The cost of economic independence? To put aside gender equality

Published: 04 August 2011

 

In Makunduchi, Zanzibar, groups of women wrapped in their colourful kanga, sit in circles. In each group, two or three of them take money from a tin box, count bills and coins and then put them back. The box has three locks; each key is given to a different woman so that the box can only be opened when all three key holders are present. Similar scenes take place around the whole island of Zanzibar as part of WEZA, Women Empowerment in Zanzibar.
 
The project, which received a contribution of 750,000.00 euros from the EU, is addressed to the female heads of the household, illiterate, poor and rural women, and has been implemented by Care Tz and Tanzania Media Women Association (TAMWA). It seeks to increase income and to overcome social, cultural and political barriers to rural women’s empowerment in four districts of northern Pemba and Southern Unguja in Zanzibar. Islam is strong in Zanzibar, almost all the women in Stone Town, the biggest town of the island, wear the burqa. Religion is a pretext to control women, their bodies and their minds. Similar to what happens in Stone Town, the women in the smaller villages are also not allowed to be part of society. All they can do is wait for their husbands at home. Or carry out a few minor activities but always under the control of men.
 
Then WEZA arrived.
 
The process begins when the local women gather together under the supervision of TAMWA. Each woman puts a little of their weekly earnings in the box until a more substantial sum of money is put aside. At this point, WEZA starts funding the members in their businesses and ideas.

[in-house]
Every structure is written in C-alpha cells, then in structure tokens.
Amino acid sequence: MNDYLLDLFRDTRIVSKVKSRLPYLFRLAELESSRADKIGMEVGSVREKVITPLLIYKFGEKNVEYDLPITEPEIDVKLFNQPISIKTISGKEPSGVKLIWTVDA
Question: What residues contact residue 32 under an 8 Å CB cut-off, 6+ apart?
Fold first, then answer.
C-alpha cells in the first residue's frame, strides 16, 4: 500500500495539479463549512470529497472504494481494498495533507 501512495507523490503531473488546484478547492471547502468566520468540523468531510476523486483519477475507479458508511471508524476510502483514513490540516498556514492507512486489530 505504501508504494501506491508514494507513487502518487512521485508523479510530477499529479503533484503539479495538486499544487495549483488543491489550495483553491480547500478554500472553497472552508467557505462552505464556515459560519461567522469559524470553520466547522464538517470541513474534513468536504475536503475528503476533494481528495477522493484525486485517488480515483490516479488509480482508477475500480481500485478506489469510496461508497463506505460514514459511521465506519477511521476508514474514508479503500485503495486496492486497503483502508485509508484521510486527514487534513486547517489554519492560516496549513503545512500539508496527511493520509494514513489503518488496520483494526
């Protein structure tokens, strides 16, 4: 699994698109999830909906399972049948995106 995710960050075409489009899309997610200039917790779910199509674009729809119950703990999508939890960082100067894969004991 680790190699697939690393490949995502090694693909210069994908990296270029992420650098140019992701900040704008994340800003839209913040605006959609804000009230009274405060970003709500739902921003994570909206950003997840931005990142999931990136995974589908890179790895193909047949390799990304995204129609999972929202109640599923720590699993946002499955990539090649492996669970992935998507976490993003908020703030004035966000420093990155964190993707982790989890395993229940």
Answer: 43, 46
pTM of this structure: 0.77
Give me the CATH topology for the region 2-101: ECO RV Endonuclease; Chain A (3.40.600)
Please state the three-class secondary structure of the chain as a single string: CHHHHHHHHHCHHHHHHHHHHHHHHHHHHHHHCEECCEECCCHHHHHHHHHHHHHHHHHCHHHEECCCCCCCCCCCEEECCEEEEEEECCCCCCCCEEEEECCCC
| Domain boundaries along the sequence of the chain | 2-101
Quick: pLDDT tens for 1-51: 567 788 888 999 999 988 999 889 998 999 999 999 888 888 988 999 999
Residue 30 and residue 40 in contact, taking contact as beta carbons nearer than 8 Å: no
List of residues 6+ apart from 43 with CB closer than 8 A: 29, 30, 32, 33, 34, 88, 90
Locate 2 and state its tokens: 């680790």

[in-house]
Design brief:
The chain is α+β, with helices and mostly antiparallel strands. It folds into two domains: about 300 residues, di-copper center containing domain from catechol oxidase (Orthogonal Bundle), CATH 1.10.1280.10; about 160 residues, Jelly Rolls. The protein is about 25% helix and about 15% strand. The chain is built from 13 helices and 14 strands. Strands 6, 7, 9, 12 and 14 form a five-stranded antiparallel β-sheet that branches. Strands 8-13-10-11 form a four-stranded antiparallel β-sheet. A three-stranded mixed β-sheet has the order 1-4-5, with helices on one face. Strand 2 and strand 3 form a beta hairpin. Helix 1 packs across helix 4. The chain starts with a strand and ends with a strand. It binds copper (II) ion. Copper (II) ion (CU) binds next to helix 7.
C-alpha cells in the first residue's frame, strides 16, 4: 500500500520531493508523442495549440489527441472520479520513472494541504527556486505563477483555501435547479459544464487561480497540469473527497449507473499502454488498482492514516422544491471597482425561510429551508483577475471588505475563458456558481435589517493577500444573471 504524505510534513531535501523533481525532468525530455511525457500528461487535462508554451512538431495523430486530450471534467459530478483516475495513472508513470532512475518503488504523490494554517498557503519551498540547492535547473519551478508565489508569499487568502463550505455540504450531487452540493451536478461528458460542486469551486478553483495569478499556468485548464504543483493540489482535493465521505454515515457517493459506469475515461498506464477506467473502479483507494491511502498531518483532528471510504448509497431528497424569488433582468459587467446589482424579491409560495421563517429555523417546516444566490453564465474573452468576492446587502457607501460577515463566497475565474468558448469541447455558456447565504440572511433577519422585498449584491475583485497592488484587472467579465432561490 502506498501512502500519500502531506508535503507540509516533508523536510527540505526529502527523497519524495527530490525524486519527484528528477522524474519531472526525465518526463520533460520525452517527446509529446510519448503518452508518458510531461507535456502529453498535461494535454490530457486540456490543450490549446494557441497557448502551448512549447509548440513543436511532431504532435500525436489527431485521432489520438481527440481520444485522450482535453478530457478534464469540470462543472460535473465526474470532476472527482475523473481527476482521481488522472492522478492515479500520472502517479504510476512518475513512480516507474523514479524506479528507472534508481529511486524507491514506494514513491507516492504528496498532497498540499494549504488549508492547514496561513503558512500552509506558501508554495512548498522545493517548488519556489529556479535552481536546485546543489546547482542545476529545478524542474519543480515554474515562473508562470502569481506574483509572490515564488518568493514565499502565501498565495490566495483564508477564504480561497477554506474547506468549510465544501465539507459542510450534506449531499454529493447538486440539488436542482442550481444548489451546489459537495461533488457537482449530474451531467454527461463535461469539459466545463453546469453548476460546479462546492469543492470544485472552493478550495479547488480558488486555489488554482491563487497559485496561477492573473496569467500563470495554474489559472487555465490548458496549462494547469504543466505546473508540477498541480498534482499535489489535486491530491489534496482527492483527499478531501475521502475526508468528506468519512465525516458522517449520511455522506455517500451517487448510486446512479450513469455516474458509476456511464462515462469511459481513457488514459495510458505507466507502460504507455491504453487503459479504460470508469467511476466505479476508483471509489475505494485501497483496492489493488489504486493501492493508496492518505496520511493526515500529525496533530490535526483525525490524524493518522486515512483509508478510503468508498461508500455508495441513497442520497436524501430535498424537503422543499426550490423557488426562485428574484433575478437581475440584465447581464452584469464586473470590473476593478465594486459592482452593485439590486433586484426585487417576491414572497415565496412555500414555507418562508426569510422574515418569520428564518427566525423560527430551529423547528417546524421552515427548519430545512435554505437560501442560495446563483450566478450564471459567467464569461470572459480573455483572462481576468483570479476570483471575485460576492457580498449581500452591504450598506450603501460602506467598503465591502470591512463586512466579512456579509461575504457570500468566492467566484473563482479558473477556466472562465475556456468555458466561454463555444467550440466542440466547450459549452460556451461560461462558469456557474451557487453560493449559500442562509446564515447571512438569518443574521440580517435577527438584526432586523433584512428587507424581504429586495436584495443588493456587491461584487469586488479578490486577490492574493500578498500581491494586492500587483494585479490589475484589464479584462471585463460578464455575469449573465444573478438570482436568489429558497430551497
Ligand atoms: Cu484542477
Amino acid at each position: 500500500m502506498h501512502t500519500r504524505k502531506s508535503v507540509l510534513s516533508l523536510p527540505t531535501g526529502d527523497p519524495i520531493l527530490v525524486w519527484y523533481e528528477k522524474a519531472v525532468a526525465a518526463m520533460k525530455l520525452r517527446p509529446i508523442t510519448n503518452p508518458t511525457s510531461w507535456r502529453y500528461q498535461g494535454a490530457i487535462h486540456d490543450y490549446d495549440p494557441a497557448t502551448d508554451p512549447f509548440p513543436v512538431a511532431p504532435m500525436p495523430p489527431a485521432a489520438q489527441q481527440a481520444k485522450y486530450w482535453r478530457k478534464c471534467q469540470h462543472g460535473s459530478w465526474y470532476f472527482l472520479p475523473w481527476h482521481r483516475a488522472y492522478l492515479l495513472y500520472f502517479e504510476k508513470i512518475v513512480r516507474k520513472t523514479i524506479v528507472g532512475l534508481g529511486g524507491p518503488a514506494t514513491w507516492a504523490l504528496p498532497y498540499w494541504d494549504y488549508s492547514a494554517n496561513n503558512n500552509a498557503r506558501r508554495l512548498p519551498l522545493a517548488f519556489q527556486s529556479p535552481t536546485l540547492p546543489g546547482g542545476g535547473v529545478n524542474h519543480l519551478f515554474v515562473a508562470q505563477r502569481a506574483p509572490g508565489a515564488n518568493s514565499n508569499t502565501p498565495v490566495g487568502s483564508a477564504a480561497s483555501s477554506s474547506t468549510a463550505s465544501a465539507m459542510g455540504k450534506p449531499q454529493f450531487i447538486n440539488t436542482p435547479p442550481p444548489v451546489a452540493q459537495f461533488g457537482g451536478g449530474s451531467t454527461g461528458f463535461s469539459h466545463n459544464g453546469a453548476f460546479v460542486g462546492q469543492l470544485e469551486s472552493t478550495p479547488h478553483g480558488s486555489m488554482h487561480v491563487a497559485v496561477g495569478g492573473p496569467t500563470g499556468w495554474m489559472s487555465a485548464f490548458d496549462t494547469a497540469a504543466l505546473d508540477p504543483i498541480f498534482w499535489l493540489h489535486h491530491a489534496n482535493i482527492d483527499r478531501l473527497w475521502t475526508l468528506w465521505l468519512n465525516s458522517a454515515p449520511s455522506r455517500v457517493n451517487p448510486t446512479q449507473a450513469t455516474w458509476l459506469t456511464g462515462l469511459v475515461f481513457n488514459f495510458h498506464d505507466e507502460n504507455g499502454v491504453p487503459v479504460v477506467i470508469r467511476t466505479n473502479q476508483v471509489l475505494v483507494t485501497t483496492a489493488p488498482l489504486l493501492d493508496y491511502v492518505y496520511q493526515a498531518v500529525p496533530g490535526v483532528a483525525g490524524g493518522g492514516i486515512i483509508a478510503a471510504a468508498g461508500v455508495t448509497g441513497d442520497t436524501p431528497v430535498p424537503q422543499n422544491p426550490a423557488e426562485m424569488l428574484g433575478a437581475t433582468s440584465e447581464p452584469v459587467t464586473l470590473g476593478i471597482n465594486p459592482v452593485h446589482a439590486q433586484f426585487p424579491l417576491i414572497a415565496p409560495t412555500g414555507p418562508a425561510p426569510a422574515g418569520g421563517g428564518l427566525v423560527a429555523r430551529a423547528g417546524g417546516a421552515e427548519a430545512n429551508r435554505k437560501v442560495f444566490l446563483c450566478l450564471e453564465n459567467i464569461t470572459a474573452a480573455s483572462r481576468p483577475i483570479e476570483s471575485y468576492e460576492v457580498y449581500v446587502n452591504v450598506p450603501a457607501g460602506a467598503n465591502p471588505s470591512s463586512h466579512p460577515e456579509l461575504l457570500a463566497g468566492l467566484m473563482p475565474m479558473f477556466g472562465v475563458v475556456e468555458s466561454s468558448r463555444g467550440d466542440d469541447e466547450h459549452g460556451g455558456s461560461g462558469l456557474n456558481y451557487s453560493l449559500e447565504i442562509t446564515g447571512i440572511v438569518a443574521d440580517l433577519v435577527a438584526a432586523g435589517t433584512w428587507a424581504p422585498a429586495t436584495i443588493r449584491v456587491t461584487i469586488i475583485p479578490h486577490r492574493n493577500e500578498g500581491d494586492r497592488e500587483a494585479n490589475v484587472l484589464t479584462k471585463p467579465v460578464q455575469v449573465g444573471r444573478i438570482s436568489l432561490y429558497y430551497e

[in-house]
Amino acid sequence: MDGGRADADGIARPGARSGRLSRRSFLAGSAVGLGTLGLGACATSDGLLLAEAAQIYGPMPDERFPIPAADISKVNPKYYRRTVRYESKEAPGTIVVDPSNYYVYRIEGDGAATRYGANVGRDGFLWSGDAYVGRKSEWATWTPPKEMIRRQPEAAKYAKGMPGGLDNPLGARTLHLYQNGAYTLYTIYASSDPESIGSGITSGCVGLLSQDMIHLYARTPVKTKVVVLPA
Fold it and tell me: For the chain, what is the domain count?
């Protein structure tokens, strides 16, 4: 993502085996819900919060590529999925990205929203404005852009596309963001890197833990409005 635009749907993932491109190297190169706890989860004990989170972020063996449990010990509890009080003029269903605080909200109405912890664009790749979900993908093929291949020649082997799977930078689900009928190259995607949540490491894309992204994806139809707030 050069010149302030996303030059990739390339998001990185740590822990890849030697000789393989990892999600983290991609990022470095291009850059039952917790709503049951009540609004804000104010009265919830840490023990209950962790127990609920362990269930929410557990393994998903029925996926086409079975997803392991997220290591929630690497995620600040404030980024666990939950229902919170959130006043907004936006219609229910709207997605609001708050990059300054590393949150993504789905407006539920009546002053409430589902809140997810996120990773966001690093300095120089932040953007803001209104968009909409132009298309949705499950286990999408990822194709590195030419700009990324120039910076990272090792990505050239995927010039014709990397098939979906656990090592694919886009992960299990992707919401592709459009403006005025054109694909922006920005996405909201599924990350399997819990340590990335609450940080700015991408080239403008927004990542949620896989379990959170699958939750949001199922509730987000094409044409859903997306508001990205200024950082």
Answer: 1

Someone bought chickens to re-sell. Another bought natural fibres to weave and make colourful wallets to sell. Some used the money to go to the city and buy clothes to re-sell.
 
The financial aspect of the project can be considered a success. The women are able to pay back the money they received and also begin to save money which would suggest that their business works.
 
But after almost four years since the start of the project and only a few months before the end (January 2012), are women an integral part of the society? Are they equal to men? Do women and men share duties and rights? Four years is nothing to build womens empowerment. In Europe the fight for gender equality started hundreds of years ago and in some cases we still cannot say that women have the same rights as men. This is also the case in Zanzibar.
 
At the beginning the WEZA groups were only for women. When men realized that the women were making money, they asked to be part of it. Now the groups have male members too who, according to the rules, do not have decision-making roles.
 
When we arrived in Makunduchi, the men stood up and welcomed us, not the women, as if they were the representatives of the community. When we asked our questions, men were the first to answer and it was difficult to hear a female voice. When we got an answer from the women about what they are doing with their savings, it was a slight disappointment.
 
They are proud to declare “We don’t give anything to our husbands!”, but then add “Thanks to our earnings, we build our house, buy clothes for our children and provide their education”. That is the burden of duties that a couple should share rather than weighing only on the women’s shoulders. The same old story, also in Zanzibar, that the women are paying the cost of their independence.
 
Here, as it often happens in developing countries, the economical development is preferred over and above raising awareness on women’s rights. Of course, empowerment depends on the economy too, but money it is not everything. Especially if women become the only actors to create social and economical growth through their earnings.
 
So the questions are: Where is the philosophical and theoretical background related to gender equality? Should this not be provided as well as the money? And, is it wise not to renew funding to the WEZA project after only four years of activity when there is so much more to be done?

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